• Zolcos (cs) in reply to curtmack

    That FizBuz solution is a good answer that runs in (n) operations, but what they really wanted you to do was something a little more optimized: Have a Fiz and Buz counter that increment by 3 and 5 respectively. Each iteration of the loop increments the lower counter and prints the corresponding string. When the two are equal, increment both and print "FizBuz". Runs in: ((n/3) + (n/5) - (n / (3+5))) operations. Maybe.

    Addendum (2008-05-05 12:48): Code that might work:

    #include <iostream>
    int main(int argc,char** argv)
    {
    int fiz=0,buz=0;
    while(fiz<=100&&buz<=100) std::cout << fiz<buz?(fiz++?"fiz":""):(buz<fiz?(buz++?"buz":""):((fiz++ +buz++?"fizbuz":""))) << endl;
    return 0;
    }</pre>
    

    Addendum (2008-05-05 12:50): Er, the big line should be pre-increment

    while(fiz<=100&&buz<=100) std::cout << fiz<buz?(++fiz?"fiz":""):(buz<fiz?(++buz?"buz":""):((++fiz + ++buz?"fizbuz":""))) << endl;</pre>
    

    Addendum (2008-05-05 12:52): And by pre-increment, I meant add 3 or 5. LOL!

    while(fiz<=100&&buz<=100) std::cout << fiz<buz?((fiz+3)?"fiz":""):(buz<fiz?((buz+5)?"buz":""):(((fiz+3) + (buz+5)?"fizbuz":""))) << endl;</pre>
    
  • Sven (unregistered) in reply to curtmack
    curtmack:
    For what it's worth, here's my solution to FizBuz, in C++
    #include <stdio>
    #include <iostream>
    
    using namespace std;
    
    int main (int nargs, const char* pszargs[]) {
      for (int i=1; i <= 100; i++) {
        cout << i << ": ";
        //don't ask why I made this next line the way I did
        //it's Monday
        cout << (i%3 ? "" : "Fiz") << (i%5 ? "" : "Buz");
        cout << '\n';
      }
      return 0;
    }

    EDIT: Err, semicolon on the return 0 might be helpful.

    Fail!

    • Use of hungarian notation
    • No header named <stdio> exists (you either want <cstdio> or <stdio.h>, not that this program even needs that header).
    • Use of \n instead of endl.

    :P

  • blindio (unregistered)

    Why not just skip the middle man, post the interview question directly on various internet help boards, then approach those who answer it with job offers. Should give about the same success rate.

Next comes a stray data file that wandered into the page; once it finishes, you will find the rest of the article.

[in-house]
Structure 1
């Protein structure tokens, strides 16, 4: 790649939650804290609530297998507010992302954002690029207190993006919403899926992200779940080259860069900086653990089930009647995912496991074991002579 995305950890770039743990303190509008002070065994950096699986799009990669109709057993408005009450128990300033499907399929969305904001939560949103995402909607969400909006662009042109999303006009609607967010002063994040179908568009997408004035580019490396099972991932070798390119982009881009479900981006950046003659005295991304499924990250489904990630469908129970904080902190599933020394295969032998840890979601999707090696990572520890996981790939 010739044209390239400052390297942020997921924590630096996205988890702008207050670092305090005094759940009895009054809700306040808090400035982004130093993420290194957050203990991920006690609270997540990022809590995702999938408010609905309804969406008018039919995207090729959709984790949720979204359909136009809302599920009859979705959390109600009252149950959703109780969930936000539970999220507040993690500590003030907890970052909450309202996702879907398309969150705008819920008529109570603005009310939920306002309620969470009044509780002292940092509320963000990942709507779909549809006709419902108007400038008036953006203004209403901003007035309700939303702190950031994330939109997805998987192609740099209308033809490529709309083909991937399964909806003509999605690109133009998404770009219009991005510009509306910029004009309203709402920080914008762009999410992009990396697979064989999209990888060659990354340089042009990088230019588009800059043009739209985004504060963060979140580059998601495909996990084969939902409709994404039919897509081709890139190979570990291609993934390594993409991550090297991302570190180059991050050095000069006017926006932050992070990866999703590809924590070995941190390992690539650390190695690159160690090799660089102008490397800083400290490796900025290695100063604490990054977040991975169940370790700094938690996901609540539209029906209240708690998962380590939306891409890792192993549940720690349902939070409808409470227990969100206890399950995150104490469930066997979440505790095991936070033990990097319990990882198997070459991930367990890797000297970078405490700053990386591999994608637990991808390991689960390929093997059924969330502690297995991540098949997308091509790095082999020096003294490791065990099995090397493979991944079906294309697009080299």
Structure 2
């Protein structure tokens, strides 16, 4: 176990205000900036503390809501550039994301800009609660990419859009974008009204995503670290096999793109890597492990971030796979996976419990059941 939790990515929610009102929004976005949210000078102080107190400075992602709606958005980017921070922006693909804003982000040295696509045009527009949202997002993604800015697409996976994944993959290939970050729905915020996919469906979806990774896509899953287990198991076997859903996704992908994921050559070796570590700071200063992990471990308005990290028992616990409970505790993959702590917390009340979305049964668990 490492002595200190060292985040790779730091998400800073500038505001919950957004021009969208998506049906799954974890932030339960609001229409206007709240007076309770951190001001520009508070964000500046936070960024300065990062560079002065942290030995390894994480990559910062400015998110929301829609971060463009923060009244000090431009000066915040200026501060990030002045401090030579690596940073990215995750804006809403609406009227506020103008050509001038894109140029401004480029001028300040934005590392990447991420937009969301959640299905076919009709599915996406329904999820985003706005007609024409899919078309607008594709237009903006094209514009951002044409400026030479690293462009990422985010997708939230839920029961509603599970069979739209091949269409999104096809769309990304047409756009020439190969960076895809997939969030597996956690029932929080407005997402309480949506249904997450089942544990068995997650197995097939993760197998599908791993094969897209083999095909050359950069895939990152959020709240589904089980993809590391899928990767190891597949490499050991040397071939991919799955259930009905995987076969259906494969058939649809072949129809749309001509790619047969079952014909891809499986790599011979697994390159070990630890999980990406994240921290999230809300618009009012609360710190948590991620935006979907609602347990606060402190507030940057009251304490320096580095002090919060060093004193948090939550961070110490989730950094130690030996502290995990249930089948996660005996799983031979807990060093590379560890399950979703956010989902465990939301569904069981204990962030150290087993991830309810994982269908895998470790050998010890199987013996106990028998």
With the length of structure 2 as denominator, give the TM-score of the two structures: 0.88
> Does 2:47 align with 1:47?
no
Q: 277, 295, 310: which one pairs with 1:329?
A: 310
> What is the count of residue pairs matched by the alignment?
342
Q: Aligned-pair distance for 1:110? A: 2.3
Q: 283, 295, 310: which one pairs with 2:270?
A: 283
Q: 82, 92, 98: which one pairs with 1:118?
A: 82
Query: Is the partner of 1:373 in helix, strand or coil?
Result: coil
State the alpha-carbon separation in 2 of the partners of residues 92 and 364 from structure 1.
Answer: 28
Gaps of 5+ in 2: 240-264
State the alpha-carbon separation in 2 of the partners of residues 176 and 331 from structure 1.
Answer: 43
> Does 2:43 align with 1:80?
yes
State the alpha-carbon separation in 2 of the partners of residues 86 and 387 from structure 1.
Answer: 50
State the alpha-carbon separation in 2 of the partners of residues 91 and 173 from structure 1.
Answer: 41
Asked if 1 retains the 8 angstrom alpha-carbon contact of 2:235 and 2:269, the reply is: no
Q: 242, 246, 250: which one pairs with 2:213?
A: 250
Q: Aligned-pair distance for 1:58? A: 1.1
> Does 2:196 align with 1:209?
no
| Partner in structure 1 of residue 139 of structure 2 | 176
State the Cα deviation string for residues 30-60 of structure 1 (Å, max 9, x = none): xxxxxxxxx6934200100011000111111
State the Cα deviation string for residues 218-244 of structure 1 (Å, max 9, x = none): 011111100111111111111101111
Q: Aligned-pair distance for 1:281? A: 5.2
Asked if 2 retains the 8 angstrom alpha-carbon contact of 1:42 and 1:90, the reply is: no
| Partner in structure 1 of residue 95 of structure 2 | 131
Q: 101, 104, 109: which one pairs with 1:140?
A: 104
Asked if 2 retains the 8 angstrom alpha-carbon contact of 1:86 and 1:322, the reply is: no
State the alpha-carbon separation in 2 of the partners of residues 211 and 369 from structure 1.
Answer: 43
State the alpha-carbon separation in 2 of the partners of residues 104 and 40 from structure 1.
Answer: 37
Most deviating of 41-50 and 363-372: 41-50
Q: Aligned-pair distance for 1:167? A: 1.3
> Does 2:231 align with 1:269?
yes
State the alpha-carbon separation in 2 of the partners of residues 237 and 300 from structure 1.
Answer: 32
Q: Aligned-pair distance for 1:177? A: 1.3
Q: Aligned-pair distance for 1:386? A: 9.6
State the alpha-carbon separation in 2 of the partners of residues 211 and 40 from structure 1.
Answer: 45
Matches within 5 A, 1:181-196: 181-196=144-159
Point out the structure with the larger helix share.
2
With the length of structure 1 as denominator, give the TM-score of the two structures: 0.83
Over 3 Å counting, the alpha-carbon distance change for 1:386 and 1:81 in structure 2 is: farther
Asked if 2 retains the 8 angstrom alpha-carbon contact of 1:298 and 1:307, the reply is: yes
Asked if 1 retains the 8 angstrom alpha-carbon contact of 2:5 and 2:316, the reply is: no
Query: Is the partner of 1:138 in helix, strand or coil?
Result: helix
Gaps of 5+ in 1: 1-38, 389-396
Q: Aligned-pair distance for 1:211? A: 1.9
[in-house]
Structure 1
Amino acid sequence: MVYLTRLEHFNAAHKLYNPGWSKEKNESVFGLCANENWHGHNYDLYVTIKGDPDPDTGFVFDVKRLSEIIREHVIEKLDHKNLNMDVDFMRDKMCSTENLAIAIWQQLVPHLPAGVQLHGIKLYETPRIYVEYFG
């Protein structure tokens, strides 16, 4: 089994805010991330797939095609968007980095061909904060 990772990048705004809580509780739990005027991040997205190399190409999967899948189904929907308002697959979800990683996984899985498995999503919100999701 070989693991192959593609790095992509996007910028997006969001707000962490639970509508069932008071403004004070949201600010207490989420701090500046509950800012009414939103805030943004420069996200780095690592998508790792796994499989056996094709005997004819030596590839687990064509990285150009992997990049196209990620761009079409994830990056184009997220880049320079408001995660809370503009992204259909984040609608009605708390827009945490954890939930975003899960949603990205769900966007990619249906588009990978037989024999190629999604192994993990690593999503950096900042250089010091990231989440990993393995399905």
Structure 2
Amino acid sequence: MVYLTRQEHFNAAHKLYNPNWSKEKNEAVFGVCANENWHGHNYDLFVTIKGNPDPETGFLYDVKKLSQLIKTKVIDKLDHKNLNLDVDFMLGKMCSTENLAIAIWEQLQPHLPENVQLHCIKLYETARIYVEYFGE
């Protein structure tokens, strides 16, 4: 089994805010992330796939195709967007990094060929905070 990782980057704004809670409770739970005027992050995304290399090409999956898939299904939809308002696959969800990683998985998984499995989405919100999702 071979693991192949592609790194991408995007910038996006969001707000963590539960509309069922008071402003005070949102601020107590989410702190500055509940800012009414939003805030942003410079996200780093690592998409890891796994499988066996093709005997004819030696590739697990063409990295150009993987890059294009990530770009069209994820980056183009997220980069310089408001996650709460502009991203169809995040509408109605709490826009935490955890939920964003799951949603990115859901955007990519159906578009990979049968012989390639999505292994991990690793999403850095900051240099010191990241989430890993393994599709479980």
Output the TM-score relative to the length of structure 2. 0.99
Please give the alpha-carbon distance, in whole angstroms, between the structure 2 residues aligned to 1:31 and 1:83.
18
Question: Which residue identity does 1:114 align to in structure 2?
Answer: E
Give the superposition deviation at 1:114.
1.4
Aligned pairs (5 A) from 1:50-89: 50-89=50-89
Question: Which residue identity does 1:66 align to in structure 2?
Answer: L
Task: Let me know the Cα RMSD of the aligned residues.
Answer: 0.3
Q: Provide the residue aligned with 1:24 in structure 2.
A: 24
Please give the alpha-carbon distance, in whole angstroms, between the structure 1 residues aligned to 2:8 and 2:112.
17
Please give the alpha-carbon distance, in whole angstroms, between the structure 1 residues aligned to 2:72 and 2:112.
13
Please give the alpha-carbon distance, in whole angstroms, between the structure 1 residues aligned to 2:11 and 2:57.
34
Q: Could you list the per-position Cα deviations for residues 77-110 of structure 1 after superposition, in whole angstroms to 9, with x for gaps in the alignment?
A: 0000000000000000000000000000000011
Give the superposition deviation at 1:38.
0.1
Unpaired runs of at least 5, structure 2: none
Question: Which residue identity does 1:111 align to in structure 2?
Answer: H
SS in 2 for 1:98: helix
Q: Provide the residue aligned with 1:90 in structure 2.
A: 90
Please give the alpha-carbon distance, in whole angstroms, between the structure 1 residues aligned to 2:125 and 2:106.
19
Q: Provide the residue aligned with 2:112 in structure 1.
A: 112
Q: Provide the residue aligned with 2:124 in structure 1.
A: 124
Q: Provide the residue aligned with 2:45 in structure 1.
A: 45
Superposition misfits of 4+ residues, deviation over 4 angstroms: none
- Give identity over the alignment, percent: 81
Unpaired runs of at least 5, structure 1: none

• RandomWTF (unregistered) in reply to dpm
    dpm:
    At least his question about changing positions of columns can be explained by simple ignorance. In this one, however, the error message is RIGHT THERE IN FRONT OF HIM; he is criminally guilty of being unable to develop code and should be moved over to Marketing immediately.

    Maybe he realizes that the '<' operator won't work, but has no idea how to compare dates in the language he is using. But he leaves that part in the code so that it is still clear what he is trying to do.

    I know that date/time functions can be horribly inconsistent between languages or platforms, and often takes a bit of time and research to figure it out.

  • captcha: suscipit (unregistered) in reply to curtmack
    curtmack:
    For what it's worth, here's my solution to FizBuz, in C++
    #include <stdio>
    #include <iostream>
    
    using namespace std;
    
    int main (int nargs, const char* pszargs[]) {
      for (int i=1; i <= 100; i++) {
        cout << i << ": ";
        //don't ask why I made this next line the way I did
        //it's Monday
        cout << (i%3 ? "" : "Fiz") << (i%5 ? "" : "Buz");
        cout << '\n';
      }
      return 0;
    }

    EDIT: Err, semicolon on the return 0 might be helpful.

    The original question asks that you print numbers, but print Fiz instead of the number if it's a multiple of 3, and Buz instead of the number if it's a multiple of 5, and FizBuz instead of the number if it's a multiple of both. It also doesn't specify that the numbers should be on separate lines.

    Doesn't make it less trivial, but it does allow for ever so slightly more clever solutions.

  • Stilgar (cs) in reply to RandomWTF
    RandomWTF:
    dpm:
    At least his question about changing positions of columns can be explained by simple ignorance. In this one, however, the error message is RIGHT THERE IN FRONT OF HIM; he is criminally guilty of being unable to develop code and should be moved over to Marketing immediately.

    Maybe he realizes that the '<' operator won't work, but has no idea how to compare dates in the language he is using. But he leaves that part in the code so that it is still clear what he is trying to do.

    I know that date/time functions can be horribly inconsistent between languages or platforms, and often takes a bit of time and research to figure it out.

    The funny part is that in C# the comparison operators are overloaded for DateTime. He could easily compare DateTimes with > but for some reason he decided to compare string and DateTime. Now that is not WTF yet. It would become WTF when he calls .ToString() to the second DateTime argument which will compile and will probably return the right result in enough cases to make it look like it works.